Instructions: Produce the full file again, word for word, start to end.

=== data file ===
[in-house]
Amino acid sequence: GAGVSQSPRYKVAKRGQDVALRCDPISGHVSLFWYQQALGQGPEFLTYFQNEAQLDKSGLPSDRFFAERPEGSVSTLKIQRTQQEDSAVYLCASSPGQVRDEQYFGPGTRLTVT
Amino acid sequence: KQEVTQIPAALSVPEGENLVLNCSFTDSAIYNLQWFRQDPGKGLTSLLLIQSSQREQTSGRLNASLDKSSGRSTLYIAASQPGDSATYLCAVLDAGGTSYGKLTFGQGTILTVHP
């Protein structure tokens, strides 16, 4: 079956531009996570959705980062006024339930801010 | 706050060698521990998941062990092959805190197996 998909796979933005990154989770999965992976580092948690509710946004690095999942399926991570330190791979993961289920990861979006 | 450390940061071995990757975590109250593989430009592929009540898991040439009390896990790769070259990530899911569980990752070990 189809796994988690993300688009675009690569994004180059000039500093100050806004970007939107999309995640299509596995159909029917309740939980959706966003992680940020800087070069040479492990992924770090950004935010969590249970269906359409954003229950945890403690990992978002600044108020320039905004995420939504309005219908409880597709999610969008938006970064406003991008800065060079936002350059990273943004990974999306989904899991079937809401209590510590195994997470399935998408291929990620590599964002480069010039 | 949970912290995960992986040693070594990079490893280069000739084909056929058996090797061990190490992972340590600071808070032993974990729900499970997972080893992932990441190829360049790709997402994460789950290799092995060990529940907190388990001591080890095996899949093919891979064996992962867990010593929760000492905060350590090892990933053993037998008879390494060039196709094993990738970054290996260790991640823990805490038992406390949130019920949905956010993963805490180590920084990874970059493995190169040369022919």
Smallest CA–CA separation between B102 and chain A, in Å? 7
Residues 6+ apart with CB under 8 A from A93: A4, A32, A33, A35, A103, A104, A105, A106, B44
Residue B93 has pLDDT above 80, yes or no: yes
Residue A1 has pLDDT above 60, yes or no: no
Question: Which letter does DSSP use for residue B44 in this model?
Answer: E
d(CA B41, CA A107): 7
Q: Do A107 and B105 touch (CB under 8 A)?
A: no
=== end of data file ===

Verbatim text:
[in-house]
Amino acid sequence: GAGVSQSPRYKVAKRGQDVALRCDPISGHVSLFWYQQALGQGPEFLTYFQNEAQLDKSGLPSDRFFAERPEGSVSTLKIQRTQQEDSAVYLCASSPGQVRDEQYFGPGTRLTVT
Amino acid sequence: KQEVTQIPAALSVPEGENLVLNCSFTDSAIYNLQWFRQDPGKGLTSLLLIQSSQREQTSGRLNASLDKSSGRSTLYIAASQPGDSATYLCAVLDAGGTSYGKLTFGQGTILTVHP
């Protein structure tokens, strides 16, 4: 079956531009996570959705980062006024339930801010 | 706050060698521990998941062990092959805190197996 998909796979933005990154989770999965992976580092948690509710946004690095999942399926991570330190791979993961289920990861979006 | 450390940061071995990757975590109250593989430009592929009540898991040439009390896990790769070259990530899911569980990752070990 189809796994988690993300688009675009690569994004180059000039500093100050806004970007939107999309995640299509596995159909029917309740939980959706966003992680940020800087070069040479492990992924770090950004935010969590249970269906359409954003229950945890403690990992978002600044108020320039905004995420939504309005219908409880597709999610969008938006970064406003991008800065060079936002350059990273943004990974999306989904899991079937809401209590510590195994997470399935998408291929990620590599964002480069010039 | 949970912290995960992986040693070594990079490893280069000739084909056929058996090797061990190490992972340590600071808070032993974990729900499970997972080893992932990441190829360049790709997402994460789950290799092995060990529940907190388990001591080890095996899949093919891979064996992962867990010593929760000492905060350590090892990933053993037998008879390494060039196709094993990738970054290996260790991640823990805490038992406390949130019920949905956010993963805490180590920084990874970059493995190169040369022919």
Smallest CA–CA separation between B102 and chain A, in Å? 7
Residues 6+ apart with CB under 8 A from A93: A4, A32, A33, A35, A103, A104, A105, A106, B44
Residue B93 has pLDDT above 80, yes or no: yes
Residue A1 has pLDDT above 60, yes or no: no
Question: Which letter does DSSP use for residue B44 in this model?
Answer: E
d(CA B41, CA A107): 7
Q: Do A107 and B105 touch (CB under 8 A)?
A: no